I braced for my New York Times review for Northern Borders. It’s the one that traditionally means the most. Times reviewers are tough and opinionated. They can be dismissive. But I guess if I don’t like the review I can always do what my longtime movie partner and mentor Howard Mosher does-he tacks reviews he doesn’t like on the door of his shed and blasts them with his shotgun.
On the night before my Northern Borders reviews were slated to appear, I attended a special Marlboro College event the was staged at actor Chris Noth’s cool nightclub, The Cutting Room. With 100 people in attendance, we talked about the Marlboro College film program and showed clips of new work by outstanding recent Marlboro film alumni who also discussed their time at the college. We also pitched our Movies from Marlboro program where professionals mentor students during a film intensive semester where we make a feature film.
Two alums, Brad Heck and Willow O’Feral, work with me on our Movies from Marlboro program. Brad’s our very gifted cinematographer and Willow wrangles props for the art department and takes terrific production stills. Brad and Willow showed a clip from their stunning work-in-progress documentary, Arming Sisters, about domestic violence against Native American women in North Dakota oil country.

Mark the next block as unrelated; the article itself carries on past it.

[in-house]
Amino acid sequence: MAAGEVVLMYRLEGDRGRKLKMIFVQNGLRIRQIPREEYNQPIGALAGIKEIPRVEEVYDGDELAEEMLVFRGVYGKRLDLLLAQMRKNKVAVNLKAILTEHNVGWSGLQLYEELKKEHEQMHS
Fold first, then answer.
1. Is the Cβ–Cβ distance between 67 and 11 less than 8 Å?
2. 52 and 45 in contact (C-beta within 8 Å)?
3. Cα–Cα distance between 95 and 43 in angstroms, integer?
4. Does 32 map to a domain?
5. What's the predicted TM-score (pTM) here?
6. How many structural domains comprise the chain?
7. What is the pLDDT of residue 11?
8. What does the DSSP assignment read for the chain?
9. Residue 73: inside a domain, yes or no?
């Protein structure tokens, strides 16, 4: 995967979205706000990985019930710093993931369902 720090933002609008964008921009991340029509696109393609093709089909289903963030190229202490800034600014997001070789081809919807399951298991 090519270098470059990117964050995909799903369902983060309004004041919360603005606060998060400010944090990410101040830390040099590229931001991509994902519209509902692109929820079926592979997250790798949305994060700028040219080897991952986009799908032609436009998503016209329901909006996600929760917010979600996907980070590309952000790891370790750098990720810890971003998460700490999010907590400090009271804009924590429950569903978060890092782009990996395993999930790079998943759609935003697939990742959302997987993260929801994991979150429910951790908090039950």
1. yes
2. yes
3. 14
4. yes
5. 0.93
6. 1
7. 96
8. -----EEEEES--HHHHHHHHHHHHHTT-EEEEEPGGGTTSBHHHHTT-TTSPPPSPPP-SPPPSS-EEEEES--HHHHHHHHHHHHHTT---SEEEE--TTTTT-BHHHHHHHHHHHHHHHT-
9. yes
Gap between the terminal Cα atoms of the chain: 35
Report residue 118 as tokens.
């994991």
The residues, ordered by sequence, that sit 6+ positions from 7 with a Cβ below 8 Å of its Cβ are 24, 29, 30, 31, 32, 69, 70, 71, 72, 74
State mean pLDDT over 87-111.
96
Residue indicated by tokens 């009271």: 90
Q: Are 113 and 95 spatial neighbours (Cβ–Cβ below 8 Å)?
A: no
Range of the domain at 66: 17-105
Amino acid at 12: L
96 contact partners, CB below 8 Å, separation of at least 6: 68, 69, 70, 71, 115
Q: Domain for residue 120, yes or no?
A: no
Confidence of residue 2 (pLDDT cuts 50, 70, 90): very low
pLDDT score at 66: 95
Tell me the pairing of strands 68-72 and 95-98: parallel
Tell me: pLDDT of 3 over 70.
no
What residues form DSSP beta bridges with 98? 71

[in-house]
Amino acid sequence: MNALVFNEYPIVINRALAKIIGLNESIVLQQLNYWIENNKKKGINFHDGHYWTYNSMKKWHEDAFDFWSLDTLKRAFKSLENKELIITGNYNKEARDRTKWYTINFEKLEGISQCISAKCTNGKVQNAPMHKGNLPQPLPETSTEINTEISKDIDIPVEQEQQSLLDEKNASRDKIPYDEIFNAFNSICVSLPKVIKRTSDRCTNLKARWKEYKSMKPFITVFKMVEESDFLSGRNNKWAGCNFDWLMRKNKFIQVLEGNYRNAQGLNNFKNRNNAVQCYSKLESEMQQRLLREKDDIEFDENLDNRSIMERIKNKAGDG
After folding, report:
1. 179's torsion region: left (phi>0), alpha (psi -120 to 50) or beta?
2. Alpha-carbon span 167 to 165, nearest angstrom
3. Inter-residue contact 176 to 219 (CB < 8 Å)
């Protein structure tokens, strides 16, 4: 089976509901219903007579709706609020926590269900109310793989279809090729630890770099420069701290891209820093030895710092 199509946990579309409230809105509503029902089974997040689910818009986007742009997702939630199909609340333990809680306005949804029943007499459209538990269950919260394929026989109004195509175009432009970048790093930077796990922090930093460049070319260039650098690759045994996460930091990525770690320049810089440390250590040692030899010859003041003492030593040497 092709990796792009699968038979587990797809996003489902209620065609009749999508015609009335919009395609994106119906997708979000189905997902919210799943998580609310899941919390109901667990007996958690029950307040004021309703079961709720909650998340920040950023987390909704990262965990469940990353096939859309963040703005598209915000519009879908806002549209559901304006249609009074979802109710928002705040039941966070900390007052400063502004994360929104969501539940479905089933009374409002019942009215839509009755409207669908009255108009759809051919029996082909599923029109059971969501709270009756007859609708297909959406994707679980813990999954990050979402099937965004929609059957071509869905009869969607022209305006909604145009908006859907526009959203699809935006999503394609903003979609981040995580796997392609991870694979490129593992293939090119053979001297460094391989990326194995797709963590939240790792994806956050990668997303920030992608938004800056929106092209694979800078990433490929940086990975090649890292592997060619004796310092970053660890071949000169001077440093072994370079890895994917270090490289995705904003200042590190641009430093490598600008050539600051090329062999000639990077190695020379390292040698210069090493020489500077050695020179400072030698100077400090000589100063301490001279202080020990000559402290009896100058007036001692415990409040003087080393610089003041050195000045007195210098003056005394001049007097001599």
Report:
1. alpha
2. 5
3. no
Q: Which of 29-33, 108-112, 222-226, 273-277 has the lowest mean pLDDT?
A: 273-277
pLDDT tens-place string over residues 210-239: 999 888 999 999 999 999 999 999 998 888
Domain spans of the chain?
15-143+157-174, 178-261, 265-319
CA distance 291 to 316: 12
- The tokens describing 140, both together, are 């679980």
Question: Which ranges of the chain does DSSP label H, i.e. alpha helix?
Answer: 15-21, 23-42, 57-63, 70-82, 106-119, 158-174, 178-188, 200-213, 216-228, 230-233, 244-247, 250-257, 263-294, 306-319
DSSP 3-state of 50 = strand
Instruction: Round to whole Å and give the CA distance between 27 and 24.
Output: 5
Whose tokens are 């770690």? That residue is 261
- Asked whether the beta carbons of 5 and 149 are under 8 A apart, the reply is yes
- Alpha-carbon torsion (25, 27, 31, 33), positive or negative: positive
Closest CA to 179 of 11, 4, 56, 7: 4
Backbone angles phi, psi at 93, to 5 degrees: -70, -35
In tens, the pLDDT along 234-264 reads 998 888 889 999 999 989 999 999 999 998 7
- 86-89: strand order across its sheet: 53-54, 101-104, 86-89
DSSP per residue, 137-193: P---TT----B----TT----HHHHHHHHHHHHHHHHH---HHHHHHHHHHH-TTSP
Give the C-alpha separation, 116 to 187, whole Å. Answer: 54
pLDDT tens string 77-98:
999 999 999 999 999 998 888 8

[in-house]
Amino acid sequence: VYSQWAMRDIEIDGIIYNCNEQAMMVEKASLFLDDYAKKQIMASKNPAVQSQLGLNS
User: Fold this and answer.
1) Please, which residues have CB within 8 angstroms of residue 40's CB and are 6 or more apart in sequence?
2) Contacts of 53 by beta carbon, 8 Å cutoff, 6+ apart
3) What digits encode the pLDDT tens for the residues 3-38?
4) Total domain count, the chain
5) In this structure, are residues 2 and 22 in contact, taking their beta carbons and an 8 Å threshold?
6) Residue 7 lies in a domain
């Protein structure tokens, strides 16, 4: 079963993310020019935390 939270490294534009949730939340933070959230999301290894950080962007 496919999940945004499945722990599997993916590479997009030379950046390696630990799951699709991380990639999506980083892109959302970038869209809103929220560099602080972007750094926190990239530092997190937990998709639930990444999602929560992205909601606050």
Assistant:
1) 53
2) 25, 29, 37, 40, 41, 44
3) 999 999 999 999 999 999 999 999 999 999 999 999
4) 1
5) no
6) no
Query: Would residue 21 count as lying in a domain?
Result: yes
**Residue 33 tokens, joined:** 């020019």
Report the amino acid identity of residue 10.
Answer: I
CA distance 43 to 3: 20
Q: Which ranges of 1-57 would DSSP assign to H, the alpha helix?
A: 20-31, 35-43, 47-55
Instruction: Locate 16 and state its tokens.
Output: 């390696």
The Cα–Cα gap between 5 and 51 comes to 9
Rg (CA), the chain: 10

Another recent grad, Jesse Nesser, made a powerful Marlboro student documentary about a Montana ranch that treats kids born with fetal alcohol syndrome. He is now almost finished editing, Walk With Me, a compelling portrait of 92 year-old sitting Detroit federal judge and civil rights pioneer, Damon Keith. And Amanda Wilder showed an excerpt from her free-school documentary, Approaching the Elephant, that was produced by KCP. The film has been taking the indie documentary world by storm, with fabulous press coverage in the Village Voice, NPR, and The New Yorker; a special screening at the Museum of Modern Art; and travel to festivals in Copenhagen, Rio de Janeiro, Torino, and others. I also showed our trailer for Peter and John, edited by a student, Hortense Lingjaerde, who worked as script supervisor and assistant editor on the picture.
We enjoyed a warm and fun evening at The Cutting Room. It’s gratifying to see former students emerging so successfully-and in this way, making films that mean something. And to be able to continue collaborating with a number of them, on several fronts.
As I prepared for bed that night at The Roger Hotel, I noticed that the Cinema Village movie theater’s publicist had sent the Times review for Northern Borders and it had landed in my inbox. I decided not to read it, preferring to bask in the glow of that evening’s reverie, where we could all be together to share work and stories. There was no doubt in my mind that the NY Times review could wait.